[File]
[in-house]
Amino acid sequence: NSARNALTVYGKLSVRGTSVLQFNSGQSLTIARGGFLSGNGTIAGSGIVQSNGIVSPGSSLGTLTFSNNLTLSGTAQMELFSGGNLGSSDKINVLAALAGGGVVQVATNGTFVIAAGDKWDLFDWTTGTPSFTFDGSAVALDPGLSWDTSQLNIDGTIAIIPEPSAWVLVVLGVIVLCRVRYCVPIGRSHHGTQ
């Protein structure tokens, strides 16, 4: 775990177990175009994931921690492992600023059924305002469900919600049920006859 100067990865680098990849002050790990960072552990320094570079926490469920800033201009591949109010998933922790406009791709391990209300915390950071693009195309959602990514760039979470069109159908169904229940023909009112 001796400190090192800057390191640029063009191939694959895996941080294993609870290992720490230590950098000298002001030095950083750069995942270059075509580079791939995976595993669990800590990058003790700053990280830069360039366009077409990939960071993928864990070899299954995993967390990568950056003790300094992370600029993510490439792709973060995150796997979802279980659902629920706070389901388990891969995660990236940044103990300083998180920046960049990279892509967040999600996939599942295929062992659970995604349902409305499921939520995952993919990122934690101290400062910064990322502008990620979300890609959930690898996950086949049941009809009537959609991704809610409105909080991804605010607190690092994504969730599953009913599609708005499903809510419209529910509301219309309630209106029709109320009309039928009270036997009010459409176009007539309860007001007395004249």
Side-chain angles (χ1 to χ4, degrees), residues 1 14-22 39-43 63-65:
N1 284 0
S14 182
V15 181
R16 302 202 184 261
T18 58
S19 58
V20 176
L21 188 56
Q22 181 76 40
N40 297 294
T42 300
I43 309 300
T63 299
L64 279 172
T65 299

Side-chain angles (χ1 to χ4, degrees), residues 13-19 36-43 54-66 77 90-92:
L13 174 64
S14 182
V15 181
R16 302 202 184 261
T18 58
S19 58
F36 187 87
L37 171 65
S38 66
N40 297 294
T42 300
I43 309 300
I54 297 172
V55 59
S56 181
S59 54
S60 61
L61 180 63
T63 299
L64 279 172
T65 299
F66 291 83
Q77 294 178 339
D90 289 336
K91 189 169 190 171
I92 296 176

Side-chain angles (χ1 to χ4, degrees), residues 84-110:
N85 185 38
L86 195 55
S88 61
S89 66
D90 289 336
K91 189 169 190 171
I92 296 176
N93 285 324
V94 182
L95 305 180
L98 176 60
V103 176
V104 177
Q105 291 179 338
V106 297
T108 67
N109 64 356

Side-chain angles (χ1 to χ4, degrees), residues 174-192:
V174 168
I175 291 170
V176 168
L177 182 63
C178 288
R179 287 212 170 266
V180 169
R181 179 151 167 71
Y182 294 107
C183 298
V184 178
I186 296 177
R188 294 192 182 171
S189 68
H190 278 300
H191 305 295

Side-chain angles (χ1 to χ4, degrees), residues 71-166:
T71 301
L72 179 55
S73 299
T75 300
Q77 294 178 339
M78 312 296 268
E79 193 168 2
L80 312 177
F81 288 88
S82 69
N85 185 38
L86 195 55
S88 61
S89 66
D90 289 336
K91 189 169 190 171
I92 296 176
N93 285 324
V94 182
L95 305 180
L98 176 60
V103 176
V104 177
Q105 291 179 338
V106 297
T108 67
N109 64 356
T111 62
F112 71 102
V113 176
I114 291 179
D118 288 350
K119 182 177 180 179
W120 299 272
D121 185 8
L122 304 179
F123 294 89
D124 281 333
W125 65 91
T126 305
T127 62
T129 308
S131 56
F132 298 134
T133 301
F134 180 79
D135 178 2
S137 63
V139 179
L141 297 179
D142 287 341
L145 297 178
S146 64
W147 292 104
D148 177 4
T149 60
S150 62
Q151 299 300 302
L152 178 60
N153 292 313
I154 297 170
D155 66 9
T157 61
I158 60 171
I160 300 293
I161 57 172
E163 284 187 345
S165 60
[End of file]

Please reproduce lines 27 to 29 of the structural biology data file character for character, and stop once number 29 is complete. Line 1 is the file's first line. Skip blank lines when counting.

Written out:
F36 187 87
L37 171 65
S38 66